As over 300 Columbians recently experienced two weeks ago, our city felt the ground tremble as it braced to hold the titanic power of abdominal awesome that came roaring through. If you have even the slightest bit of wonder as to what I am talking about, then you weren’t there, and your children will most likely grow up despising you when they get older for missing out. However, to get you up to speed, let me paint (or photograph) a picture of the show that has infamously become Columbia’s East Coast Belly Dance Allstar Showcase of Doom, hosted by our own Natalie Brown of the Columbia Alternacirque. (Yes, I shoot a lot of belly dance. No, I do not apologize.)
Here was the lineup (of doom.):
- Delirium Tribal and Alternacirque of Columbia, SC;
- Devyani Dance Company of Birmingham, AL;
- Ananda Dance Company of Knoxville, TN;
- Mahsati Janan of Asheville, NC;
- Fierce Fusion Bellydance of Augusta, GA;
- Asharah of Alexandria, VA;
- Asim of Greenville, SC;
- Ashley Bennett of Columbia, SC;
- Awalim Dance Company of Atlanta, GA;
- Mab, Just Mab, of Washington, DC.
There are many other blogs (and far better writers) than this one to detail the mesmerizing midriffs and salacious sideshows that occurred during the show, so I’m going to give you an insight into the dedication beyond the belly:
I was lucky enough to spend a great deal of time with the onslaught of belly-mages before and after the show, and there is more than just the performance. What I am talking about is the communal nature of their craft. This is not a group of prima-donnas that are booked by agents, fly in without meeting anyone, and disappear once the job is done. This is a group of professionals who are also a tightly-knit community, leaning on each other for both support and to force the other to stand on their own. Watching this pack of performers (including over 15 female dancers, 1 male dancer, a poi spinner, a hooper, a sideshow performer, and newly adopted ukulele) during their offstage time is like watching a family gathering, but with nerdier jokes and funnier songs. It is joyous, soft, raunchy, and familiar. They aren’t here to collect a check (as a matter of fact, each performer has gone out of their way to perform free of charge to assist in the Alternacirque’s new season). This is a group who perform because they love what they do, and they want to be better than they ever could be on their own. These gatherings happen all year round, all over the country, and they are not simply to show the audience what they can do. More importantly, they are to show the other performers what they can do. Even more importantly, they are to show the other performers how they do what they do. Most importantly, they are to show the other performers how they too can do it.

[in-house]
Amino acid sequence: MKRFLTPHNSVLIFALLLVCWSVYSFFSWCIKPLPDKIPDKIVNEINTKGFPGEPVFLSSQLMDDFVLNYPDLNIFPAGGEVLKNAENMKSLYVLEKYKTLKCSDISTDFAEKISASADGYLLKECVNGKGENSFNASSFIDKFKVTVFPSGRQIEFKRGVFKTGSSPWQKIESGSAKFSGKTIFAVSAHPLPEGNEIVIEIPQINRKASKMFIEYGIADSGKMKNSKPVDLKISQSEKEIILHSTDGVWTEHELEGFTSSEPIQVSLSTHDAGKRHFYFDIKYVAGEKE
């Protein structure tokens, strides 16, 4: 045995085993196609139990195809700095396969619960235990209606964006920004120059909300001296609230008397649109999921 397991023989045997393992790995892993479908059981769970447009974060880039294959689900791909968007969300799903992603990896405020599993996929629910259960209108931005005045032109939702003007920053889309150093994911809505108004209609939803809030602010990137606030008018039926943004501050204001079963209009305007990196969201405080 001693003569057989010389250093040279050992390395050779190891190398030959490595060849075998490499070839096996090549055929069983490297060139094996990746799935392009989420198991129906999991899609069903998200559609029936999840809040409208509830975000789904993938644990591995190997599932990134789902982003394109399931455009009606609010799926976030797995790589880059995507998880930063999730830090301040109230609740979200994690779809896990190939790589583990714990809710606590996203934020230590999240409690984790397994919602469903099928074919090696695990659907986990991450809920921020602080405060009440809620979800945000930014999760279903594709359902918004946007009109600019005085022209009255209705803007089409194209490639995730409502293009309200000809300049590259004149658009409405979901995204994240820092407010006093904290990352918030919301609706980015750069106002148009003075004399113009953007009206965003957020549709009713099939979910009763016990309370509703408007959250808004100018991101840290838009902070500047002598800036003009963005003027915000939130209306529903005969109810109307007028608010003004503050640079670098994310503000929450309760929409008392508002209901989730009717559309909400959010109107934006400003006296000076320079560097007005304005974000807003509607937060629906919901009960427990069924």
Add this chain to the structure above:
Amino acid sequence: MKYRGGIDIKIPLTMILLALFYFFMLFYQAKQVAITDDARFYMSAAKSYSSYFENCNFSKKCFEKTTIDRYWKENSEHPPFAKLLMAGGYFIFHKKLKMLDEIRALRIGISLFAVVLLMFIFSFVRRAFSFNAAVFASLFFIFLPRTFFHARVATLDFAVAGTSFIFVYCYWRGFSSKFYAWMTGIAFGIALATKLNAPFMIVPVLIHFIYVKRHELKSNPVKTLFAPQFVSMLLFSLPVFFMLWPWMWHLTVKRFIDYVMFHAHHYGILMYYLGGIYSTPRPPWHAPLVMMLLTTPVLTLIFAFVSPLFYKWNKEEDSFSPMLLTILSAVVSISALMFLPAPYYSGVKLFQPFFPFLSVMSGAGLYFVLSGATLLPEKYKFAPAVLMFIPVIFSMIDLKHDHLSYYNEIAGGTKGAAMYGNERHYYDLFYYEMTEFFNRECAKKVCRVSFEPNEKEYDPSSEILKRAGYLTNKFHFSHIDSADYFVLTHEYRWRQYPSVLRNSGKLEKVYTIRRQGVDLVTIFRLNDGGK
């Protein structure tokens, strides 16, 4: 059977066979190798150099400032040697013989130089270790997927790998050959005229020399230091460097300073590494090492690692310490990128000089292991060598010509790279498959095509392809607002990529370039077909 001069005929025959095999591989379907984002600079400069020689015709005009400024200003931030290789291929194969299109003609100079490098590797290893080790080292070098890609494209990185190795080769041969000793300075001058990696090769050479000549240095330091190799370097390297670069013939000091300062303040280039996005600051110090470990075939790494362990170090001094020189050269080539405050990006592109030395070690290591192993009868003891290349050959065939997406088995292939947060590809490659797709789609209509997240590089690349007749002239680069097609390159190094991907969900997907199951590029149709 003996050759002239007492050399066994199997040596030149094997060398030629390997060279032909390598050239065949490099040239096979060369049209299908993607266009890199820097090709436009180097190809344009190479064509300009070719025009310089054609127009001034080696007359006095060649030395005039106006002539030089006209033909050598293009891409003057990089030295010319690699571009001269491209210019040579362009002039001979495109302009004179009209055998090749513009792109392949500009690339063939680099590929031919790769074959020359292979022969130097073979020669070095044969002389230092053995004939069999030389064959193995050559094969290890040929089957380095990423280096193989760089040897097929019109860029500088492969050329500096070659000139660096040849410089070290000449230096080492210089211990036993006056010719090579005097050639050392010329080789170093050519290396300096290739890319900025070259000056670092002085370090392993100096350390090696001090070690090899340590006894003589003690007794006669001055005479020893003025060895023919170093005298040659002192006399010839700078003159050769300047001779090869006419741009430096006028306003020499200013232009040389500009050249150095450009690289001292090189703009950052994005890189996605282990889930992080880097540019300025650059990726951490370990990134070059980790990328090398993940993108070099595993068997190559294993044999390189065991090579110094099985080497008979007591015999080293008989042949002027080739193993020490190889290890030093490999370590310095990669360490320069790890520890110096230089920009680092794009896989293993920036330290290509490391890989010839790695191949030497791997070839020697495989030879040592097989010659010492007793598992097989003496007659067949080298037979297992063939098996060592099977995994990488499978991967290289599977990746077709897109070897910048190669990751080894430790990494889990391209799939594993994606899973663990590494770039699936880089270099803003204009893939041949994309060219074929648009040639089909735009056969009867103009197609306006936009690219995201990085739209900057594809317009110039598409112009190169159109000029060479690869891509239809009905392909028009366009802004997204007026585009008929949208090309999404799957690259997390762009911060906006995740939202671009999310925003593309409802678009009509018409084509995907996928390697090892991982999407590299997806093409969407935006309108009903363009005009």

This is a community built on teaching each other how to make each performer that much better. Sure there are, like in any growing art form, the single-handed messiahs that are too self-righteous to recognize the vast wealth that is their fellow performer, but they quickly fall through the cracks and become cautionary tales.
“Hey remember those girls trying to start a troop that you asked to come take your workshop, but blew it off? What happened to them?”
“Oh, yeah. Think she works at Kinkos and runs a jazzer-cize class now.”
Those that are truly part of the art form pull from the resources that are their sisters and brothers to make themselves a force that can create what many have already referred to as the show to judge all other shows in this city this year.
“This is my life,” Natalie tells me. “Last month someone else hosted, and we practiced, partied, and performed there …Next month, we’re all meeting in Atlanta for Tribal-con, and we’ll do it agin. Then the next month, we’re all meeting in Knoxville for Awalim’s workshop..” She goes on to say “You should come along …. maybe we’ll teach you how to play a frame drum.”
I’m paraphrasing, but her words made me think about the nature of my own craft. How much of a family can I say there is in the photography community? Sure, there are the occasional workshops that I’ve taken from someone somewhere who had something in a magazine once, and I read countless photo-technique blogs every morning, and I have like-minded photographers who I am happy to call friends, but can I honestly say that I consider my fellow photographers to be a stalwart family bent on making me into the best Optimus-Prime of a photographer that I could possibly be? Is it too late for my beloved field to shed some of it’s individualism in the hopes of making the craft itself a profession where each of us is a teacher, a sibling, and a student?
Damn you Natalie Brown. Damn you Ananda, Asim, Awalim, Mab, Devyani, Asharah and all of you performers for your admirable comradery. Damn you for your dedication to your craft as well as your fellow craftsmen. Damn you for sparking in me this painstaking, exciting, and vulnerable urge to strengthen my abilities not only for me, but so they can be given to my brothers-in-lens.
And yes, I may just go to Knoxville and learn to play a frame drum.
..anyways, here’s pics of the show. See all of them here.